To what extent did public anger over the expenses scandal have any measureable impact on the 2010 election outcome? Our analysis shows that despite worrisome predictions, voters didn’t take the scandal as a reason to abandon electoral politics. At the constituency level, indignation over MPs’ expenses was a mild discouragement to participation, no more. Moreover, the decision to vote or not was influenced by the same factors as in previous elections: what people thought of the scandal had no independent influence once these well-established factors were taken into account. Voters were undoubtedly disturbed by the expenses scandal, but few MPs who stood for re-election had their prospects damaged by their involvement in the scandal. Given the parlous state of the economy, voters had bigger issues to worry about.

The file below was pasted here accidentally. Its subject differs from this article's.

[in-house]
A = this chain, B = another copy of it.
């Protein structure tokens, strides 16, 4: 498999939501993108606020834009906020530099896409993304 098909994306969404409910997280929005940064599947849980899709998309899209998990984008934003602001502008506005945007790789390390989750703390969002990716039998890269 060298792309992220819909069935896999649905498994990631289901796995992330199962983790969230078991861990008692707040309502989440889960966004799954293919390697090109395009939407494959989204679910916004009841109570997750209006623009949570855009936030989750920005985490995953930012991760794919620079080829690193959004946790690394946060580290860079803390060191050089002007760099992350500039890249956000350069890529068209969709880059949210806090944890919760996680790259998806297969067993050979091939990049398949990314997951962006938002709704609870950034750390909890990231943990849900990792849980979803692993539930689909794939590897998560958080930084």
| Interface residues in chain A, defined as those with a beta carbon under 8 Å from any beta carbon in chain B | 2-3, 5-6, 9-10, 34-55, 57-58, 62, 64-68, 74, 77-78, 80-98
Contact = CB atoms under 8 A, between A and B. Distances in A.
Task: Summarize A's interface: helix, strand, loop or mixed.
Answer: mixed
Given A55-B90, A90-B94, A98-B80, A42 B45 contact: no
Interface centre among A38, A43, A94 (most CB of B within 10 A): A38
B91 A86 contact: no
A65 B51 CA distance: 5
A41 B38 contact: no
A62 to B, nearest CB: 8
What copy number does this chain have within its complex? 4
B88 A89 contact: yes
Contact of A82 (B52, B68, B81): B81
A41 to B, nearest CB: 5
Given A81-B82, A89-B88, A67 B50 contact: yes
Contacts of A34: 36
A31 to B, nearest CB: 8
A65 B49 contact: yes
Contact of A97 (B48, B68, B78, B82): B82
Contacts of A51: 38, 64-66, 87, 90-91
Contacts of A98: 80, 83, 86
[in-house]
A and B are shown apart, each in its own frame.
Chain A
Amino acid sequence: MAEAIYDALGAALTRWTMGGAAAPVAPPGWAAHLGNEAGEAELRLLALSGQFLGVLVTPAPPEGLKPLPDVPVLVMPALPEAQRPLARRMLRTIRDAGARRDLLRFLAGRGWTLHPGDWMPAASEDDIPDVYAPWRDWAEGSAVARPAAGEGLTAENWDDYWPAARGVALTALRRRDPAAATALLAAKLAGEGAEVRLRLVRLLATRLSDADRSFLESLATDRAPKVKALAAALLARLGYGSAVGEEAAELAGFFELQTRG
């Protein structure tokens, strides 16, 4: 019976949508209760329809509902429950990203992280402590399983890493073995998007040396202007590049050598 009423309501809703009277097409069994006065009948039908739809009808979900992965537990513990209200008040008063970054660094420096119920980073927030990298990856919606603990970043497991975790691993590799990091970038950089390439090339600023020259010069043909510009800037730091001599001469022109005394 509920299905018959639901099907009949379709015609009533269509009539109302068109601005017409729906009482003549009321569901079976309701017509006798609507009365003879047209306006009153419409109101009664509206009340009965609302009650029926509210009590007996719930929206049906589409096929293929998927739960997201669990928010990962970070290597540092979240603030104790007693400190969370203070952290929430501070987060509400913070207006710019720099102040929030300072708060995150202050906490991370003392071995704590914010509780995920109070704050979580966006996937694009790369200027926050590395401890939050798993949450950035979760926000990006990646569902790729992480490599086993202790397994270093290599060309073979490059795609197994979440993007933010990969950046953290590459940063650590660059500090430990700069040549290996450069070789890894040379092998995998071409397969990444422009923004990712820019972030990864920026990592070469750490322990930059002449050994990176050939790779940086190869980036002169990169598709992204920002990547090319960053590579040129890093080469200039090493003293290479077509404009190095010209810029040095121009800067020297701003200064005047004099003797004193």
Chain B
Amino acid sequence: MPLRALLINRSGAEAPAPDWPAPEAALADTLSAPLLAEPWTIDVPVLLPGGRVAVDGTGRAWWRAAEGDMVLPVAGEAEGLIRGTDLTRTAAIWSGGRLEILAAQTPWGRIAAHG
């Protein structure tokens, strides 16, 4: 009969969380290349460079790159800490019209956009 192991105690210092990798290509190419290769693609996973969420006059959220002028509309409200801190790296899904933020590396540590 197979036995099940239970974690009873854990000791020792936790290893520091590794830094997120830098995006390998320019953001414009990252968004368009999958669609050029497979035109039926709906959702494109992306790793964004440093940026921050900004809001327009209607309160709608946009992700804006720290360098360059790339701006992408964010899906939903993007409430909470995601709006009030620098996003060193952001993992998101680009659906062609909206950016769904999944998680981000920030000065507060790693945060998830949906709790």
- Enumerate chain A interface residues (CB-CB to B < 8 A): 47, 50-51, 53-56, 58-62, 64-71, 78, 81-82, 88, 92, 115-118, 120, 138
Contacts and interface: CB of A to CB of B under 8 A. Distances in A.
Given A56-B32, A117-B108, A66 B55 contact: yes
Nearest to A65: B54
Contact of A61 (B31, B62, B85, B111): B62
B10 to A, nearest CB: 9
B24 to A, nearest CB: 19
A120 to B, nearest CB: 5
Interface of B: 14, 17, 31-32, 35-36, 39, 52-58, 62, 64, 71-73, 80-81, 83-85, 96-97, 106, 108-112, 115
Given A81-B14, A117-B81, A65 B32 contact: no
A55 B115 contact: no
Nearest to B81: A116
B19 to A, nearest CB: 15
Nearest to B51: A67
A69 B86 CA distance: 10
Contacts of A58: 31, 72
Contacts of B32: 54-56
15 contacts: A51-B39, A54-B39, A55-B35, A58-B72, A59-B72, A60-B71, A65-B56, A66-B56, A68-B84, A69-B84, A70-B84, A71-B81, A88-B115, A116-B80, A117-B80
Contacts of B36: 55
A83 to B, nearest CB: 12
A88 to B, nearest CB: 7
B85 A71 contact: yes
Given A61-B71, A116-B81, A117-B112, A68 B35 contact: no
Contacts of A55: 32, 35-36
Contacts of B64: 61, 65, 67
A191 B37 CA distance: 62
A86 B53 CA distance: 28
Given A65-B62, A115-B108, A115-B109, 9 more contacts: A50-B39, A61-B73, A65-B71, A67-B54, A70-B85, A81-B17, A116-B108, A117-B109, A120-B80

|Title of host publication||The Political Costs of the 2009 British MPs' Expenses Scandal|
|Editors||Jennifer Van Heerde-Hudson|
|Number of pages||23|
|Publication status||Published - 1 Jan 2014|